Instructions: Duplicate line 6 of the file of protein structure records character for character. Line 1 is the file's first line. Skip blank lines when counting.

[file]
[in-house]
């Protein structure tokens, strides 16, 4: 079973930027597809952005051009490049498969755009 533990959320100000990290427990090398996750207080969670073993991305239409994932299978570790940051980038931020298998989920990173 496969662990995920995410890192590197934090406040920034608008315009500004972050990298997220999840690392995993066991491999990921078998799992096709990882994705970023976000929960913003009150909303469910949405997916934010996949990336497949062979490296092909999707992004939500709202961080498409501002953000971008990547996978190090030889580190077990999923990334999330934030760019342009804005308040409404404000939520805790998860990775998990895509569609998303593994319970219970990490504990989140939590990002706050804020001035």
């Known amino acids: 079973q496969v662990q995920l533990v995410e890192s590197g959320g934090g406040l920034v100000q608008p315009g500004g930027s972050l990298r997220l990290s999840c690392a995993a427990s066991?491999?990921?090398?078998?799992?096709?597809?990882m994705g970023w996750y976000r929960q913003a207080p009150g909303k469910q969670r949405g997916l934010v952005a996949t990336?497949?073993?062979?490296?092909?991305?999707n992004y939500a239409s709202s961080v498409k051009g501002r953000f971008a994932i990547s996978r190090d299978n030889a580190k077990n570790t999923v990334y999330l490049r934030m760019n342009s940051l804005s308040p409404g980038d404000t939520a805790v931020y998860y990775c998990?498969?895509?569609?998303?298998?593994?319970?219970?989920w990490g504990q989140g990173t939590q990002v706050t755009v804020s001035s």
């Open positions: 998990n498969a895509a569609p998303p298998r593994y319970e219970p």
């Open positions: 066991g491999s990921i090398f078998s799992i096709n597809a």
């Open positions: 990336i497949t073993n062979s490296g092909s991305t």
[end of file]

């Open positions: 990336i497949t073993n062979s490296g092909s991305t």